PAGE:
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Winonah Beamer Myers
June 9, 1961
*Winonah Beamer Myers was born on this date in 1941. She was a white-American civil rights activist and Mental health practitioner.
Born in Cleveland, OH, Margaret Winonah Beamer was a student at Central State University in Wilberforce, Ohio, she joined the Freedom Riders in the summer of 1961.
Beamer joined four other activists on a train from Nashville, Tennessee to Jackson, Mississippi, where they were arrested in the Illinois Central terminal on June 9, 1961. They were there to challenge the non-enforcement of the United States Supreme Court decisions Morgan v. Commonwealth of Virginia and Boynton v. Virginia (1960). While in prison she refused bail and refused to file an appeal, later saying, "I didn't think it would be recorded if no one had done the time." Jailed on June 11, 1961, she was in the prison system until Christmas Day of that year. She spent most of her time in a prison near the men's death row and was able to talk to some of the death row inmates through the vents.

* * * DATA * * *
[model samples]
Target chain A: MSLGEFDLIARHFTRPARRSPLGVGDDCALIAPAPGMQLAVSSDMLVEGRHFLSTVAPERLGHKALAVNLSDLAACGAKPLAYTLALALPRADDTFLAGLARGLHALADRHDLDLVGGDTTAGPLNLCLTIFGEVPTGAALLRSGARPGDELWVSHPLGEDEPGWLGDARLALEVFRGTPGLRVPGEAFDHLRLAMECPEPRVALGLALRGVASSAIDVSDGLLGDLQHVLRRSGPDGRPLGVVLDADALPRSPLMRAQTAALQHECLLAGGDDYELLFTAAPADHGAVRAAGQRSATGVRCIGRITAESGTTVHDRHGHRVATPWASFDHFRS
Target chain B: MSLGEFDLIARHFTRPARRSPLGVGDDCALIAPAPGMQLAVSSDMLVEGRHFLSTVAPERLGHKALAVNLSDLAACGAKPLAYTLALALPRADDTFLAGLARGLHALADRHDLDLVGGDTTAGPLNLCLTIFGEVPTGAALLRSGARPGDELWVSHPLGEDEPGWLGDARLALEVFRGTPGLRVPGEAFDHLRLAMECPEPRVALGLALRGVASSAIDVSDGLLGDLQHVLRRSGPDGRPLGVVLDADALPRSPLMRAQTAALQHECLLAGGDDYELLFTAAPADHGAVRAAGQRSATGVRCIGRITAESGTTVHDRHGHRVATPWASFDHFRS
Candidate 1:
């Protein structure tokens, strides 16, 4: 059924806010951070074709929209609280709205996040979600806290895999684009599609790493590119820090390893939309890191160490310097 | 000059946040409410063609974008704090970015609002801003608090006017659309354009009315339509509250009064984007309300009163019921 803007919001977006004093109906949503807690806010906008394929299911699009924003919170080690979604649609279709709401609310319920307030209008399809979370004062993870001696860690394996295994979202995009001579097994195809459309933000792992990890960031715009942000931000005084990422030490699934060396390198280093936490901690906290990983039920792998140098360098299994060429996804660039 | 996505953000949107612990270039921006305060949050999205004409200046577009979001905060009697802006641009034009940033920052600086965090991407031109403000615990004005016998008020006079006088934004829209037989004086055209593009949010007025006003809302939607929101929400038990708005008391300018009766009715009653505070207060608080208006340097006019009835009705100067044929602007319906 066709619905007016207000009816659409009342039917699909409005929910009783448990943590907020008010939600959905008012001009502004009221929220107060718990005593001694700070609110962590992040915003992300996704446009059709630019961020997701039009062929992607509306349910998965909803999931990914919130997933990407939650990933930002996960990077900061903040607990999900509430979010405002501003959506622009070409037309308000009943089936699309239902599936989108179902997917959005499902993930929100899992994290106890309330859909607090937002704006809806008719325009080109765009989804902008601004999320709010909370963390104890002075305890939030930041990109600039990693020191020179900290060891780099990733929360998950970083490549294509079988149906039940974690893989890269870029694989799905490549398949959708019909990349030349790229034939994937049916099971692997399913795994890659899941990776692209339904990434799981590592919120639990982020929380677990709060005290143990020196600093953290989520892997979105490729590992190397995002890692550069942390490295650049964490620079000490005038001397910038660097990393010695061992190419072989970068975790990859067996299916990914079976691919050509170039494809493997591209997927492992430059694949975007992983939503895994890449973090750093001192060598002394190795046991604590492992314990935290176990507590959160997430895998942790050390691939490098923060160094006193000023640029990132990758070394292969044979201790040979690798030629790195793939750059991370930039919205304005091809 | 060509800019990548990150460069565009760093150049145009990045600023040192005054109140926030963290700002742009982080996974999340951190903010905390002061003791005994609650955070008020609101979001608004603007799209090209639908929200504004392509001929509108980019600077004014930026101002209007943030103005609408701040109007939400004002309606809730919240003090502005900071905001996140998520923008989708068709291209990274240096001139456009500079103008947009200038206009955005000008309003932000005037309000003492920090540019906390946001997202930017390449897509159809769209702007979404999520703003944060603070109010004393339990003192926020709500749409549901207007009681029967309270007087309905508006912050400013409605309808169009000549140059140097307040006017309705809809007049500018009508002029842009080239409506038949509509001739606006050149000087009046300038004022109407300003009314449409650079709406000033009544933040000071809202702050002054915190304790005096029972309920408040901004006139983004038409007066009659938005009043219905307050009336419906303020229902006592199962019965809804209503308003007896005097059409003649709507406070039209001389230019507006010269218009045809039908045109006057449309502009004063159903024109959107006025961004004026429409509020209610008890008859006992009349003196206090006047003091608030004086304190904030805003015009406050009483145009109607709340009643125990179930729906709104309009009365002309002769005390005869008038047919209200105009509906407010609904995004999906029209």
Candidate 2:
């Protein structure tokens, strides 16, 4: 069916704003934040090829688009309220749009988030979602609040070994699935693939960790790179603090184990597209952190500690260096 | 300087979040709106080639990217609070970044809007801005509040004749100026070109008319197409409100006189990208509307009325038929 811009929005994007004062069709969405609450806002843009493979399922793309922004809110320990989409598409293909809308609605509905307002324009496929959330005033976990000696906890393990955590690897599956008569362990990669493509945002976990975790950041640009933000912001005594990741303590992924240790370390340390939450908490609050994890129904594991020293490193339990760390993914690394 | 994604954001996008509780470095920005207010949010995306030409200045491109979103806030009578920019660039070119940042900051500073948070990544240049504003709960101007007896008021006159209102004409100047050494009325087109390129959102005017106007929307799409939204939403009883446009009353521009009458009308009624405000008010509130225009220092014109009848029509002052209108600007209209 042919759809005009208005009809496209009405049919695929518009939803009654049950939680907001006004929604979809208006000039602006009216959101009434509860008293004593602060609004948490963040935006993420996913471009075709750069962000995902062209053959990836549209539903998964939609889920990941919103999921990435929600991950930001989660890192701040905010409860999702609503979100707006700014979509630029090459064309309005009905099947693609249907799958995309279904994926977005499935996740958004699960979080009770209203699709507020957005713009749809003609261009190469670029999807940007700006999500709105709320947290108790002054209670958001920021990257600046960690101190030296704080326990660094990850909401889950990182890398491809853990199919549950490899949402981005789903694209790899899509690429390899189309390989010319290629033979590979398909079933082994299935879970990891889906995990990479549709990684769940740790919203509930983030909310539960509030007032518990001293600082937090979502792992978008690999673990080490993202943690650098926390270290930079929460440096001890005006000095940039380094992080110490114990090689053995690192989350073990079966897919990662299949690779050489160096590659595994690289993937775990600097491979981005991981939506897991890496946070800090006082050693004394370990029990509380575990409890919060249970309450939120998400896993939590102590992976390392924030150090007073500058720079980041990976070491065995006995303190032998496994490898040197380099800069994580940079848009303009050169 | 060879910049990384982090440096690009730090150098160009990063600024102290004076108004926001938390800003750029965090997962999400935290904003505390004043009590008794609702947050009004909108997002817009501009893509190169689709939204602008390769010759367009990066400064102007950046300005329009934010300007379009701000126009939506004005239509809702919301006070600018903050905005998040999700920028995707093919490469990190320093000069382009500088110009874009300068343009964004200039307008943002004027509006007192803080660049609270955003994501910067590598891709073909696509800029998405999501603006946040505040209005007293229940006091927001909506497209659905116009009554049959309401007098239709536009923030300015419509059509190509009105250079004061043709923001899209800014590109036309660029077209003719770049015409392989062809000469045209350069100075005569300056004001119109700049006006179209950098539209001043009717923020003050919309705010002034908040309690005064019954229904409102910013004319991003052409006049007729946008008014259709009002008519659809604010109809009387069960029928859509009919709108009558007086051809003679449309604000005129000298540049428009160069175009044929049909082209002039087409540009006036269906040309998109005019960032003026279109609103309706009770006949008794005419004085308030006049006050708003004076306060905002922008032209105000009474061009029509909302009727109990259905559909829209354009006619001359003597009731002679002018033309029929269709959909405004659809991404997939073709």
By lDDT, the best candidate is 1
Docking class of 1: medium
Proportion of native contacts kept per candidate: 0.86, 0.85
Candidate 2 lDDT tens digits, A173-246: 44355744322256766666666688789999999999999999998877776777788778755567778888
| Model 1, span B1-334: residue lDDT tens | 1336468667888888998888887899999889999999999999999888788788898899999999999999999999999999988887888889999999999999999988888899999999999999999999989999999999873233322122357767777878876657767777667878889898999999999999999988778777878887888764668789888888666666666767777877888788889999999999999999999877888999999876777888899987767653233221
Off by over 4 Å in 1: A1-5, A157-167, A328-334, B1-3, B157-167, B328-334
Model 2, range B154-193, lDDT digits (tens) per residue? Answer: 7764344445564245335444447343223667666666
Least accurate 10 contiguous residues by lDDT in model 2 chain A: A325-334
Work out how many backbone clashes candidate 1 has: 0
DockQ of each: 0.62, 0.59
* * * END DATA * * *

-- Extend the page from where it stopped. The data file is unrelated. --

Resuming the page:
Beamer was among over 436 black and white activists who eventually and successfully broke the system. She said, "Our feeling at the time was, 'We're going to keep coming and we're going to flood your jails, cram your dockets and break you financially, " Winonah Beamer married David Myers in 1962. She spent most of her life working with people with intellectual disabilities at a number of places in Ohio, including 22 years with the Montgomery County Board of Mental Retardation. After retirement, the couple lived in Ellenton, Florida. She worked part-time as a toll taker on the Sunshine Skyway Bridge, which crosses Tampa Bay until her death on March 16, 2018.